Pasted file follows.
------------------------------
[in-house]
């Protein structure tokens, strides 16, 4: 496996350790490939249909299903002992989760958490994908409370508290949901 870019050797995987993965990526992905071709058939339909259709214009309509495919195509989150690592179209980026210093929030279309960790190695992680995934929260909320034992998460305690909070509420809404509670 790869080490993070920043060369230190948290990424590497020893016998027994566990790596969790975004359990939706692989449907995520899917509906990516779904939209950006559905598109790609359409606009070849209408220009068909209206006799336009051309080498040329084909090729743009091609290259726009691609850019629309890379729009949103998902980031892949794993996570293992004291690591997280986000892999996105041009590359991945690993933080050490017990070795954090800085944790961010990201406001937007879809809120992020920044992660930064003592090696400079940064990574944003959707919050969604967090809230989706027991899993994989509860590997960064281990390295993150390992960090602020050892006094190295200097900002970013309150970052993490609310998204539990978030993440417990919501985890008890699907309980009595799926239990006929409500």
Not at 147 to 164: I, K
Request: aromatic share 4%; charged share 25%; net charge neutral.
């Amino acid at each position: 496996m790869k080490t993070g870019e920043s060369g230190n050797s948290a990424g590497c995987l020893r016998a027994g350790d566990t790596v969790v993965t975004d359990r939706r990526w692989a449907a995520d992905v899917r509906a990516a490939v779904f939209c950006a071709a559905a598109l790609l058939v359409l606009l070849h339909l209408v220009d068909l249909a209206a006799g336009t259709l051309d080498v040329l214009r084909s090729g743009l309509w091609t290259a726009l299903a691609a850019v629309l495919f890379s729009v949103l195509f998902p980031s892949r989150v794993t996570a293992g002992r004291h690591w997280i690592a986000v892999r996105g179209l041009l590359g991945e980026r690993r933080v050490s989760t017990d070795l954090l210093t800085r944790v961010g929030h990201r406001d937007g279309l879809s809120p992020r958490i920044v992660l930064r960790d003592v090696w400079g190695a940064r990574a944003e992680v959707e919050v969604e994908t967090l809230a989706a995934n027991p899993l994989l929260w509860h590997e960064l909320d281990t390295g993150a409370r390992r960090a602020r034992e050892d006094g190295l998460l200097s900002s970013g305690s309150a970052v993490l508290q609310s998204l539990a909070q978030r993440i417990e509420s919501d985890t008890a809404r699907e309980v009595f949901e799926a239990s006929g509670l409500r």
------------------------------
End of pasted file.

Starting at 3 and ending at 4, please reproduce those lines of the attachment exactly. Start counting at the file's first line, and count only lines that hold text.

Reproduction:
Not at 147 to 164: I, K
Request: aromatic share 4%; charged share 25%; net charge neutral.